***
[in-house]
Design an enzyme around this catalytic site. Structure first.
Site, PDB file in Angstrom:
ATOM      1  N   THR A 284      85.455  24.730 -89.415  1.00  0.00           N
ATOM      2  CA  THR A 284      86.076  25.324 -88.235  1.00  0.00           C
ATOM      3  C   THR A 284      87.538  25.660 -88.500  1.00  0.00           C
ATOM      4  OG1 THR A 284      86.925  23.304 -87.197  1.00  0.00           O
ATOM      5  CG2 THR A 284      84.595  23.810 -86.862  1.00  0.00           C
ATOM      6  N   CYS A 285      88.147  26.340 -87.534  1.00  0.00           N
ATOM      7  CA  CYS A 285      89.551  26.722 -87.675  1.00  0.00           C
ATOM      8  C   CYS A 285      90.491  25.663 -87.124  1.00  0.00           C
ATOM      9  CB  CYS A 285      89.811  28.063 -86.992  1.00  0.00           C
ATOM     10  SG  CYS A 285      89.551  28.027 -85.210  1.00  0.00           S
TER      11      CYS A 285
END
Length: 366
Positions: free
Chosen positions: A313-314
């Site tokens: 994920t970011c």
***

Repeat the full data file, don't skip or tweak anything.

[in-house]
Design an enzyme around this catalytic site. Structure first.
Site, PDB file in Angstrom:
ATOM      1  N   THR A 284      85.455  24.730 -89.415  1.00  0.00           N
ATOM      2  CA  THR A 284      86.076  25.324 -88.235  1.00  0.00           C
ATOM      3  C   THR A 284      87.538  25.660 -88.500  1.00  0.00           C
ATOM      4  OG1 THR A 284      86.925  23.304 -87.197  1.00  0.00           O
ATOM      5  CG2 THR A 284      84.595  23.810 -86.862  1.00  0.00           C
ATOM      6  N   CYS A 285      88.147  26.340 -87.534  1.00  0.00           N
ATOM      7  CA  CYS A 285      89.551  26.722 -87.675  1.00  0.00           C
ATOM      8  C   CYS A 285      90.491  25.663 -87.124  1.00  0.00           C
ATOM      9  CB  CYS A 285      89.811  28.063 -86.992  1.00  0.00           C
ATOM     10  SG  CYS A 285      89.551  28.027 -85.210  1.00  0.00           S
TER      11      CYS A 285
END
Length: 366
Positions: free
Chosen positions: A313-314
């Site tokens: 994920t970011c």